The home office drug
The monotonous work within one’s own four walls puts a strain on the human psyche. More and more are turning to pick-me-ups. Currently, one specific substance is gaining popularity in the home office scene: stationery. Insiders call it «stat», short for stationery. It’s particularly dangerous since «stat» can’t always be clearly identified. Pastel markers, flower-shaped erasers, dotted sticky notes, decorative fountain pens, ornate stationery, paper clips in the shape of flamingos and shimmering wax seals – an addiction with many shapes or forms. However, the effect always remains the same: they make us crave more. More colours. More choice. More shapes. On social media, under the hashtag #stationery, those affected bluntly share their experiences with the substance that supposedly makes them happy.
Leaving a paper trail
Experts warn that the feelings of happiness are short-lived. Initially, it feels like the work is taking care of itself and you’re sailing through the home office routine. However, the long-term consequences are devastating. It includes decreasing concentration and feeling down at the sight of mainstream office items such as the red Caran D’Ache pencil, blue pens or notebooks without inspiring quotes, to name just a few examples. Affected people also tell of hours-long to-do list-writing sessions. However, nothing on the list gets done. There’s no time for that, Marie-Sofie* tells us. «Most of the time goes into finding the right washi tapes to decorate the lists.» The 26-year-old is addicted to office supplies herself, but sees nothing morally wrong about it. «After all, I don’t do it on the street, but in the comfort of my home.»*Name changed by the editors
Marie-Sofie was 17 when she first came into contact with «stat». «I needed page markers to prepare my copy of the Code of Obligation for an exam. The selection was huge. Too huge. The colours set free happiness hormones. Soon I was spending all my pocket money. At first it was just for page markers, but then I needed more,» she recalls. Her parents turned a blind eye. Meanwhile, «stat» has established itself in the consumer market – thanks to the lockdown. «Since home office has become daily order, the old behaviour patterns have also returned.»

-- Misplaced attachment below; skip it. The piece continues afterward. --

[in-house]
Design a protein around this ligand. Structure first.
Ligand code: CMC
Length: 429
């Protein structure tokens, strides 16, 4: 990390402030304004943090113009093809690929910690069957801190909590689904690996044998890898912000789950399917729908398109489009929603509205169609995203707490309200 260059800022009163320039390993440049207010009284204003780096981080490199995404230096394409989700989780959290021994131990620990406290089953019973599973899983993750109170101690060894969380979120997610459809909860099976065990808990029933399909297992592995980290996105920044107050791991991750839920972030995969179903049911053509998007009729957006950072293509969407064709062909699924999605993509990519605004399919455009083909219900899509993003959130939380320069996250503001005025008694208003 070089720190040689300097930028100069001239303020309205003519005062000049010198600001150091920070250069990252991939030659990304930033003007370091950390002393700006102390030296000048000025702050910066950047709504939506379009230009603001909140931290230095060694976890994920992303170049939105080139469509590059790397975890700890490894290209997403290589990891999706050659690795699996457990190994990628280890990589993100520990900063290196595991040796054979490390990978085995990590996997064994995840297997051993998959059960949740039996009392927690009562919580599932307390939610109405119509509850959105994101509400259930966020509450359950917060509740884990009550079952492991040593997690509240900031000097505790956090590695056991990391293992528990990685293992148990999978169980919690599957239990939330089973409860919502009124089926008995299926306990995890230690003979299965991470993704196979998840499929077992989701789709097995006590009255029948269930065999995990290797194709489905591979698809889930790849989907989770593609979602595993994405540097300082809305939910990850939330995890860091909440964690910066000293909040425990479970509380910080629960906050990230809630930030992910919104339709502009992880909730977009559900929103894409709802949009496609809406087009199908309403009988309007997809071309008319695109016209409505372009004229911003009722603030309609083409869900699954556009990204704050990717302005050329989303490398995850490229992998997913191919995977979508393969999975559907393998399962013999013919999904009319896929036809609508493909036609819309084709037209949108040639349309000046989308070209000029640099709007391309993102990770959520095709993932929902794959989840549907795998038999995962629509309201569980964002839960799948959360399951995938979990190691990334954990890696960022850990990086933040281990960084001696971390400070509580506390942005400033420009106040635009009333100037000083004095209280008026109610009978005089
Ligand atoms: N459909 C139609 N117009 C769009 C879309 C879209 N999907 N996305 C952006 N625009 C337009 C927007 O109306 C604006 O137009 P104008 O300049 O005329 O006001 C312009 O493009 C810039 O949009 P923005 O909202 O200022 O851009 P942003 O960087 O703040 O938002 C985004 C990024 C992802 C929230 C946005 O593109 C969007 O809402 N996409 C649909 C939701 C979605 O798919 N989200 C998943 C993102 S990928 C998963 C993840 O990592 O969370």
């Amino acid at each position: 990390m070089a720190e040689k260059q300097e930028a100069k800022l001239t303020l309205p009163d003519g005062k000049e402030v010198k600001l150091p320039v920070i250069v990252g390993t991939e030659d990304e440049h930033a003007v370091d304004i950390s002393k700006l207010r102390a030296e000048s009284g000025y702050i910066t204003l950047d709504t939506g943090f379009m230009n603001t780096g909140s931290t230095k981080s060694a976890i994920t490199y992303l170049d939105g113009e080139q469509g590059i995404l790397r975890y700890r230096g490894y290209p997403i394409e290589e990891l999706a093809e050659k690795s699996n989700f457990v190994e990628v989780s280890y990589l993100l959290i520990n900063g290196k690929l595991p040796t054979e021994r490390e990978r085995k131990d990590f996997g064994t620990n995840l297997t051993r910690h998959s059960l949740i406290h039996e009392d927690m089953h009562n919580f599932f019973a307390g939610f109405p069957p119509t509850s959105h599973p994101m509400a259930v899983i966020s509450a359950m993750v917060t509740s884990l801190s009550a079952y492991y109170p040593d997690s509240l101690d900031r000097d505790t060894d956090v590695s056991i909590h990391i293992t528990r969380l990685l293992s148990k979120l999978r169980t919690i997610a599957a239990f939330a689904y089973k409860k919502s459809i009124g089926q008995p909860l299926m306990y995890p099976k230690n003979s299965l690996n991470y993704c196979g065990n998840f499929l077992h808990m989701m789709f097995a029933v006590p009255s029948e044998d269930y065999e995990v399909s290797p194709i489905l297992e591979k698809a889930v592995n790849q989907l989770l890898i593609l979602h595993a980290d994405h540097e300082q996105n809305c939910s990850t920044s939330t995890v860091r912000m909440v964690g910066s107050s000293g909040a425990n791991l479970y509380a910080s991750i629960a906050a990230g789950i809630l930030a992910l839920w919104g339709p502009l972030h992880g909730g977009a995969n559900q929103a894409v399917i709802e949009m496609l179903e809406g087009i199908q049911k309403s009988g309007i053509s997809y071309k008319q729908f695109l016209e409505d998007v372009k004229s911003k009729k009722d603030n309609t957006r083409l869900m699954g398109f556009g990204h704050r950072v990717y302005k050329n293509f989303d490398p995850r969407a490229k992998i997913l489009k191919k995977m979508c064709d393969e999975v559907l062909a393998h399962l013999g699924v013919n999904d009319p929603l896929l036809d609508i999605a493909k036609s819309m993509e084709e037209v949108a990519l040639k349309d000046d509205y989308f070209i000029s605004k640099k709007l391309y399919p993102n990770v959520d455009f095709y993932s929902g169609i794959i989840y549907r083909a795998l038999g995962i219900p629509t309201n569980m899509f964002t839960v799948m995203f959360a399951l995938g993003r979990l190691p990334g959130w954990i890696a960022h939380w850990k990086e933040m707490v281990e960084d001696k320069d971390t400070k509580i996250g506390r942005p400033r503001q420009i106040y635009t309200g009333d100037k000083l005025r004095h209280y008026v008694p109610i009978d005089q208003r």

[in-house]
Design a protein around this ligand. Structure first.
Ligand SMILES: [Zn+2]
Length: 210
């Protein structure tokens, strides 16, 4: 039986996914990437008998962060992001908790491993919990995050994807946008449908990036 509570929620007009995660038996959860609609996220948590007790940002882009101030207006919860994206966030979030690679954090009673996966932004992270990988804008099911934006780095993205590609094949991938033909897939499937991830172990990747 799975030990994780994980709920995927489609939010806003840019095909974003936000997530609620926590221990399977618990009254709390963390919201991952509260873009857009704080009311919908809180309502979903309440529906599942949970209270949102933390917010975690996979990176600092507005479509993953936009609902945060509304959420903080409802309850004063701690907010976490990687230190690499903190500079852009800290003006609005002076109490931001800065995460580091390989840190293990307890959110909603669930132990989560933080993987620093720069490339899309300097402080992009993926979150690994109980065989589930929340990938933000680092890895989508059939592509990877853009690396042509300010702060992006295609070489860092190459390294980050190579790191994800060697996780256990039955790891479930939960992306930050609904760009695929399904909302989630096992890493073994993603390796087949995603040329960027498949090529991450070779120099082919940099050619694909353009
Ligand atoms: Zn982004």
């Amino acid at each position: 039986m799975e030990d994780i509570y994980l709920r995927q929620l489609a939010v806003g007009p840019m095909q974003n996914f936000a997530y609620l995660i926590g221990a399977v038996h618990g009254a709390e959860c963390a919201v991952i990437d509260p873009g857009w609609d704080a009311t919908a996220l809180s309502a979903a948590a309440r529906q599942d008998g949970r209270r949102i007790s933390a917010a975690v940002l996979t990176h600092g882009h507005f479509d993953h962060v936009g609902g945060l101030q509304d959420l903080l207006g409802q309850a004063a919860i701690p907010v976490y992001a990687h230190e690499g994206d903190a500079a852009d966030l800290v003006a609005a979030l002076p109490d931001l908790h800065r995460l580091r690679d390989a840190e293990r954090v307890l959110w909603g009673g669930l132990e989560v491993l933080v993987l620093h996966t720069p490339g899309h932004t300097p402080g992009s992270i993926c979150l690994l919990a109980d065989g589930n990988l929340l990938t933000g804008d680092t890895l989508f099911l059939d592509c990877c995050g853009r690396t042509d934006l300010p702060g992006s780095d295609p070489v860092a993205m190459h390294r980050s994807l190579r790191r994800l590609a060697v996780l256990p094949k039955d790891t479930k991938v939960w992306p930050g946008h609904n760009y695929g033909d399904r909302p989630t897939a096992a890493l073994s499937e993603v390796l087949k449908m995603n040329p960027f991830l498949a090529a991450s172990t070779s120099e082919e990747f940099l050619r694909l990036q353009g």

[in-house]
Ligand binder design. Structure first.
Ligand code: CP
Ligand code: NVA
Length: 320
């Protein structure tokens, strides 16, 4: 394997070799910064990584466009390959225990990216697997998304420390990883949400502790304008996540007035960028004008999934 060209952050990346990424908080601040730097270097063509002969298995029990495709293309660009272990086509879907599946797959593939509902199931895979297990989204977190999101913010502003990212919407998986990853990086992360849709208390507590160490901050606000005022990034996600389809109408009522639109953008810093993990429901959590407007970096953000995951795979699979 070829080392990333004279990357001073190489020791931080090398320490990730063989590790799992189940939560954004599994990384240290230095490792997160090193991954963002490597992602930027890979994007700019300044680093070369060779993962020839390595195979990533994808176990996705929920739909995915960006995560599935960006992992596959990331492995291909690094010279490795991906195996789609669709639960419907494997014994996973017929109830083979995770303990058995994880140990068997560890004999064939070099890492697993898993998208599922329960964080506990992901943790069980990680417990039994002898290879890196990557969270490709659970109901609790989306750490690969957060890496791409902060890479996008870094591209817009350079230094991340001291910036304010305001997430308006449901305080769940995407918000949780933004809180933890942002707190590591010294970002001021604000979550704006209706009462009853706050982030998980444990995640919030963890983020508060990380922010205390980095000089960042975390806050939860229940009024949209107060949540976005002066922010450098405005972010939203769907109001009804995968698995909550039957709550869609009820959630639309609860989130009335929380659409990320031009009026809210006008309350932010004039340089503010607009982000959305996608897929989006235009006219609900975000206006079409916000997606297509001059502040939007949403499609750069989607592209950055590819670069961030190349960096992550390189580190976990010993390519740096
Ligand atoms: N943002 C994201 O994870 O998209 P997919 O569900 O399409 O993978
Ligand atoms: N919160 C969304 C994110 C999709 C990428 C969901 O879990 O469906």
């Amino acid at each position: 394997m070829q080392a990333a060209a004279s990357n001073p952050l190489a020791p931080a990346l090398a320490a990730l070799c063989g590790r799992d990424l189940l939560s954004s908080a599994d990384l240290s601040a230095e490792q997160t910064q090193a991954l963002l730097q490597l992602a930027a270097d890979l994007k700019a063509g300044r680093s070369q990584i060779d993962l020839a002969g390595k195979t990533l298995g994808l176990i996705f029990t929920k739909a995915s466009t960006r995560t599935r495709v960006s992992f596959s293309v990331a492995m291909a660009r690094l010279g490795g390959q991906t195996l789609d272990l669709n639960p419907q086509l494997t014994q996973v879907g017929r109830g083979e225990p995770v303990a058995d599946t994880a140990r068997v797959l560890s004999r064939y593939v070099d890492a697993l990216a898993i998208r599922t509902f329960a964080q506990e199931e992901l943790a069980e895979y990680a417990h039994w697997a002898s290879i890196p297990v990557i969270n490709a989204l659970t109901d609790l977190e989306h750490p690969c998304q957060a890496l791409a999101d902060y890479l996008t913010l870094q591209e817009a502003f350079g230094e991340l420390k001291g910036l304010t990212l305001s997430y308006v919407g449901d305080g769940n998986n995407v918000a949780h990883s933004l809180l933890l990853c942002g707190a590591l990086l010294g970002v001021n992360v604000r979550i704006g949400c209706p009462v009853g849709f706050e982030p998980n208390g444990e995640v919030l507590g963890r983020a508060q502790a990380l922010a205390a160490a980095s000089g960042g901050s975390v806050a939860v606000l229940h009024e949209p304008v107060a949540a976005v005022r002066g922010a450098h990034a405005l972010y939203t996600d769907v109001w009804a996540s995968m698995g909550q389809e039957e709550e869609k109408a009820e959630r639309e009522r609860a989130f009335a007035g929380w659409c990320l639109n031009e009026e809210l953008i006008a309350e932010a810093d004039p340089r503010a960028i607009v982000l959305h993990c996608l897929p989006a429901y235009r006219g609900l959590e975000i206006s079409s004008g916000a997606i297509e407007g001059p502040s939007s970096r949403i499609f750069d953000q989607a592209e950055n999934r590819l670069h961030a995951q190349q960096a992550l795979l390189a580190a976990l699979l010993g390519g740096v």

Concerned parents and supervisors are now vigorously finger-pointing at online retailers, accusing the authorities of a scandalous regulatory failure. The problem with stationery is it’s available everywhere. Stationery stores and online shops sell their goods in broad daylight and completely legally – even to schoolchildren. According to the authorities, their hands are tied. They’re therefore focusing on a preventive digitisation strategy that aims to give those affected no reason to need physical gadgets to perform their work in the first place. But initial figures from a meaningless short-term study based on emotions show: the measures aren’t working. On the contrary. The scene is turning into a countermovement to the digital age. The protest from the home office scene is getting louder and louder. Those affected are demanding more acceptance for their vice.
There is still no official place to go for stat addicts such as Marie-Sofie. However, it should only be a matter of time before rehabilitation programmes and specialised forms of therapy are offered.